Weak morning light streams in through parted curtains onto a table cluttered with mugs, rimmed with iridescent drips of coffee. The squirrels on the fire escape outside move in spastic motions, an infinite silent film. Carmen traces her fingers in the water rings left on the table, the pockmarked wood retaining the condensation.
She wonders how long it will be before he leaves her. Already she can hear his breath quickening in the next room, the delicate sheets rustling, the fluttering of his eyelids.
She thinks to herself how in five minutes he will awake, fumble into the kitchen with his clumsy morning feet, ask her how she slept. And she will answer, tell him about the dream she’d had, wait for him to make breakfast on the hot plate they have never bothered to replace. Then they will watch the morning news together, make snide remarks about the traffic lady’s hair.
“Looks like a fucking bird nest,” he will say.
She’ll smile at him, sip her coffee, and he’ll glance sheepishly at his toast. They’ll sit in silence for a while, until the next commercial break, when they’ll mute the advertisements and talk in louder than normal voices to conceal their discomfort.
“I heard there’s a sale on cereal at the grocery on 8th,” she’ll say, and he’ll nod.
“It’s always so expensive.”
“I know, that’s why we should buy it when it goes on sale.”
It won’t be important, what they will say. Nothing of consequence, just routine familiarity. The squirrel on the fire escape outside will stare, unblinking, secure behind the glass windowpanes.
Then they’ll unmute the television, chew in silence beneath the glow of the early winter sun. And eventually, they’ll finish their breakfasts, look at each other.
“I guess it’s time to get ready,” he’ll say, and she’ll nod, again.
They will pick up their dishes, put them in the sink, go back to the bedroom to get dressed for work. He’ll bend down to open the bottom drawer, that strange blemish she has always loved hovering above his shoulder blade. They’ll dress quickly, impersonally. She’ll look out over the fire escape, stare at the clutter on her dresser. Carmen will desperately want a cigarette—she had quit for him, but the ache remained, especially in the winter. She’ll stifle the urge, put on her jacket, kiss him goodbye, and walk down the rickety apartment steps.
Carmen, still lost in thought, wraps her foot around the legs of her chair, and encircles her finger with a strand of hair. She can practically feel the regular rhythm of his sleeping breath. The squirrel on the fire escape was nibbling on a nut, its unseeing eyes fixed on her. Carmen muses absently, noting that it’s getting late and she should probably wake him so he’s not late for work.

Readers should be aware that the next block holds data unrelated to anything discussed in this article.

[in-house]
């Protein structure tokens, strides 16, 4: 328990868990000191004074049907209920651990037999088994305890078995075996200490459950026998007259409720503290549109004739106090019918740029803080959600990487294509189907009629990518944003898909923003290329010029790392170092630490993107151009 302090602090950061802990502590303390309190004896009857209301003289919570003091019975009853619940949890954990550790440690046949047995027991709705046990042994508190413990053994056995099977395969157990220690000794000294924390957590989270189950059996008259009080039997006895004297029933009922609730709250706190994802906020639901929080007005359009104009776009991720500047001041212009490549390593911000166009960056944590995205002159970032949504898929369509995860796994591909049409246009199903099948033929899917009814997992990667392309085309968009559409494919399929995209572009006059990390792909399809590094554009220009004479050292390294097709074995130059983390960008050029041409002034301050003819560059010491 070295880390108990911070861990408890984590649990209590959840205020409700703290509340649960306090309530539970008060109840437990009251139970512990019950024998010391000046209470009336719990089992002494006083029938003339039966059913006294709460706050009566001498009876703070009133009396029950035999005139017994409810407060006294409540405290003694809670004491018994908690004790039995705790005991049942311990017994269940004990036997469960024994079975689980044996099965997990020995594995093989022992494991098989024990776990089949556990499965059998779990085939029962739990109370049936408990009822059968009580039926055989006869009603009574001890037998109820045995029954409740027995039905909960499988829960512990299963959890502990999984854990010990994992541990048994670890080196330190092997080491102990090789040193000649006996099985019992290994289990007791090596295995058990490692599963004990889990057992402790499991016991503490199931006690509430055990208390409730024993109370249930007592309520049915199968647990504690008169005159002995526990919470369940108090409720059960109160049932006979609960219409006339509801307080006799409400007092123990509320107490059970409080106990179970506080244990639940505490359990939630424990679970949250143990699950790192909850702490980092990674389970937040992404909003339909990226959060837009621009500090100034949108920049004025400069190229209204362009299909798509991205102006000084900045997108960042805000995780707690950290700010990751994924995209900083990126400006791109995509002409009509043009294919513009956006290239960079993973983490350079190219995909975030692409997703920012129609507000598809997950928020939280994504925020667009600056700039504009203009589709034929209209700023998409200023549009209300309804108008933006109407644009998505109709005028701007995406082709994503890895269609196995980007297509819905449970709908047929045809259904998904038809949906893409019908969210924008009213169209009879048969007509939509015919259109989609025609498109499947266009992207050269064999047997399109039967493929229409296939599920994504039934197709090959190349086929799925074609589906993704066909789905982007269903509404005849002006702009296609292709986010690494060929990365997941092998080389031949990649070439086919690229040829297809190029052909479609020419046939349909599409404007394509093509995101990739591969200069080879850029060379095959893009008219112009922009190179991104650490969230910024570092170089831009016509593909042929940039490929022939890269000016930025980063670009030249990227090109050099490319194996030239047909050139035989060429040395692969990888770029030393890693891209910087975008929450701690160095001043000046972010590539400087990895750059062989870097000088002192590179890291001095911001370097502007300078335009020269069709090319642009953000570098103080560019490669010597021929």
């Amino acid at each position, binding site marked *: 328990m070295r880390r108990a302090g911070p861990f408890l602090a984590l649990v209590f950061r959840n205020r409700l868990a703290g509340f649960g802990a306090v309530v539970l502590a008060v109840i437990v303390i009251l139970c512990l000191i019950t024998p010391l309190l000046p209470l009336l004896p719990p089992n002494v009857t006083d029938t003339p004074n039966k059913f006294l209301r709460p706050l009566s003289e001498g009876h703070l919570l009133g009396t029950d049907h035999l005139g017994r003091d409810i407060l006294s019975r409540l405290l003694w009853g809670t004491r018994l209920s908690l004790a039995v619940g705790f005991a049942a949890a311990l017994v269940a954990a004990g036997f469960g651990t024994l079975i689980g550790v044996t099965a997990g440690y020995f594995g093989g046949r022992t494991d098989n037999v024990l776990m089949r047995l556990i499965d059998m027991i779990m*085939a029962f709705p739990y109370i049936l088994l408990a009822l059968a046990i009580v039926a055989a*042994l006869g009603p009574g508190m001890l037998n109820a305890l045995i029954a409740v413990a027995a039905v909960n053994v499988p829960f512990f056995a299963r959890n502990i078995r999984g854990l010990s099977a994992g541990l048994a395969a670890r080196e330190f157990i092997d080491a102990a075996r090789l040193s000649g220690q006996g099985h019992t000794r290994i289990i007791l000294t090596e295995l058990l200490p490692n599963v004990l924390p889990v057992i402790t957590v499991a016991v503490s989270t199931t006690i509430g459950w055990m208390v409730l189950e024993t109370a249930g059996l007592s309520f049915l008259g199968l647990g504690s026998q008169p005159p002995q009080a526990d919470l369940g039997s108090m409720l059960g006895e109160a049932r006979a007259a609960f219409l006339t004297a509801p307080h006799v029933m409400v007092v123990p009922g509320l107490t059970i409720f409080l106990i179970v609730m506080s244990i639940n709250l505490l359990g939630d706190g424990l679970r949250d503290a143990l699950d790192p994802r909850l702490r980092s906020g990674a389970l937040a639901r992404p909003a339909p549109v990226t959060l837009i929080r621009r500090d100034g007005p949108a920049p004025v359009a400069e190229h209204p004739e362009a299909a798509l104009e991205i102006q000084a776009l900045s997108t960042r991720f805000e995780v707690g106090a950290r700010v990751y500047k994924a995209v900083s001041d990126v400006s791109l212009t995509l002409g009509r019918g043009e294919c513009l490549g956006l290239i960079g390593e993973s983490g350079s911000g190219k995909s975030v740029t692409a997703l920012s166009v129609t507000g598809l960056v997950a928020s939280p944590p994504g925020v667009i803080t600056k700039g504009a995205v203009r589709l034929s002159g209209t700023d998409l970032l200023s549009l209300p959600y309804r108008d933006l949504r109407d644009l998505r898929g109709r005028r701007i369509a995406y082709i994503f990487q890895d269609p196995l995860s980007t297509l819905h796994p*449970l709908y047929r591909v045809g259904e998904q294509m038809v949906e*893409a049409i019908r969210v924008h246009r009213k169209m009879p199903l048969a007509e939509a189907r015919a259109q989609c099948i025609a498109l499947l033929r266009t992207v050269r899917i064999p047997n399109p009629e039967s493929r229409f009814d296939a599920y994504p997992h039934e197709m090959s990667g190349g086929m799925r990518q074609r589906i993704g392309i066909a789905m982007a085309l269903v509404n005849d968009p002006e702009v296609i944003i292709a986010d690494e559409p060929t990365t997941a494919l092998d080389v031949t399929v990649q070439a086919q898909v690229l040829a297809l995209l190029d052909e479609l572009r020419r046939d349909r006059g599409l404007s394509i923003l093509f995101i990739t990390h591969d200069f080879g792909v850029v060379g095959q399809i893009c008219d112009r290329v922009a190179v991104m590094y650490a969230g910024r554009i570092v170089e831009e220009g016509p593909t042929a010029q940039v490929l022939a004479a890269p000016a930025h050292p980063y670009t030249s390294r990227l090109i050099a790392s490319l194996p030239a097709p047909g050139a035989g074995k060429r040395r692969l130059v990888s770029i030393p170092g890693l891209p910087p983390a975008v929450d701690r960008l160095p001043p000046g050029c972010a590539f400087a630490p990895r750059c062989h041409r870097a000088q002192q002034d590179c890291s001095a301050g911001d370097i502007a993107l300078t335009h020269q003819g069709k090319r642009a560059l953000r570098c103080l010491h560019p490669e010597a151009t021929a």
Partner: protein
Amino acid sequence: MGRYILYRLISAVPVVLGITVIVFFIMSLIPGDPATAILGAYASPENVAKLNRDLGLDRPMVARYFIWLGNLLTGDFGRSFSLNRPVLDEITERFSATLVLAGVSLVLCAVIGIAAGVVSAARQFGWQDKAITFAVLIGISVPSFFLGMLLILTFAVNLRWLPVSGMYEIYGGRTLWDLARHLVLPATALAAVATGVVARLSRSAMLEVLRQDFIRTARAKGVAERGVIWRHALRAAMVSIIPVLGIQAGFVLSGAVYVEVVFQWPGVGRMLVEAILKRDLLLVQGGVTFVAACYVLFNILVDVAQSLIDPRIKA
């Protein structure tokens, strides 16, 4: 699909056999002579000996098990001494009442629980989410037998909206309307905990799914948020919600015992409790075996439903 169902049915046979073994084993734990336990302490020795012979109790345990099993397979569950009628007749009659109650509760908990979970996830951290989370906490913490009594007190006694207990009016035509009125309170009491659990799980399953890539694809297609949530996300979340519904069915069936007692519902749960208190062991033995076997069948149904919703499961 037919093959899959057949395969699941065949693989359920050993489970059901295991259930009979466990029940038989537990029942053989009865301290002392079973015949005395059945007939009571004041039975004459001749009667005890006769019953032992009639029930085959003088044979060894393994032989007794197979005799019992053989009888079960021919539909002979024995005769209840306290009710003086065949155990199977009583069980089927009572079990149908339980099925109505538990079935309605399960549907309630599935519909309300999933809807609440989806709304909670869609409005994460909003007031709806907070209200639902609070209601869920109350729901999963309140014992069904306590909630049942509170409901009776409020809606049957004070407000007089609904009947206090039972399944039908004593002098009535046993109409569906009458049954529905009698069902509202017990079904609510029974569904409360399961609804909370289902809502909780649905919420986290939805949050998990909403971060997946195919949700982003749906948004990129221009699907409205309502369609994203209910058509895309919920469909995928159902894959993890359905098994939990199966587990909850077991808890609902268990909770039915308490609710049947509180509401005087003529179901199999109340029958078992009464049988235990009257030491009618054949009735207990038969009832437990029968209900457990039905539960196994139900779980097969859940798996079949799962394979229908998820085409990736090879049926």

Carmen and Dean had met just after she graduated high school. She could never remember exactly where, or even when. Dean had pursued her with an almost obsessed ardor, which Carmen had found slightly distasteful. But then, she had never been in love before, and she’d assumed that Dean, who was six years older, knew what he meant when he said “love” the night of their fifth date.
Carmen had always resented that she’d fumbled out, “I love you too,” when she didn’t mean it at all, didn’t have any idea what she had meant. But he’d beamed at her, and she’d convinced herself that she wasn’t in the position to be choosy.
She convinced herself she loved him because he was exciting—which he was. He had served in the army before college, just light infantry, but enough to get his feet wet, as he said. When she met him, he was working on getting his pilot’s license in the hopes of working for the Air Force, but in the meantime, he was working morning shifts at a Greek diner downtown and evening shifts at his friend’s bar.
She had loved him. At first, she had loved him. Often, she thought she’d never loved him. But then she convinced herself that was stupid, she wasn’t an idiot, how could she have gotten herself in so deep if she didn’t love him?
Carmen chips away at her nail polish. The room spins, but she thinks she is ready. She clutches her coffee mug, digs her finger into the wooden table until she can see splinters fall away, feel the prick of the wood as it breaks her skin.
She thinks of the inevitability to which he will wake, the infinite inevitability of the inevitable. She will tell him she resents his detachment, the fact that he comes home late Friday nights and smells like beer even though she knows it’s his job but still, he reeks, and that is only attractive up to a certain point. She resents the way he makes her feel, the way he has taken her youth, the way he has made her boring.
The squirrel darts down the ladder of the fire escape, and Carmen sighs slowly. He should have woken up hours ago; she needs a last look at his sorry pleading face. But first, she needs a cigarette. She needs a fucking cigarette.
Carmen untangles herself from her chair, tasting the acidity of her breath. She stumbles out of the kitchen, past the pile of his dirty laundry that he expects her to do, the pile that she will end up dutifully washing and folding. She stops in front of the bedroom. The air outside the closed door is painfully still.
Carmen listens to her own shallow, gulping breaths, and she leans her ear softly against the cracked wooden doorframe. Gently, she eases open the door. She can already taste the smoky satisfaction. She can already see his pathetic face as he listens to her “I’m leaving.”
As she makes her way to her dresser, she stops, looking at the iron double bed, his heavy knuckled fingers, splayed; arms tossed carelessly in sheets; dusky blue face illuminated by a stripe of sunlight. She studies his face in almost childlike wonder as he lies exactly as she had left him the night before, his eternally unblinking eyes vacant, gray, distant.
Now she is ready.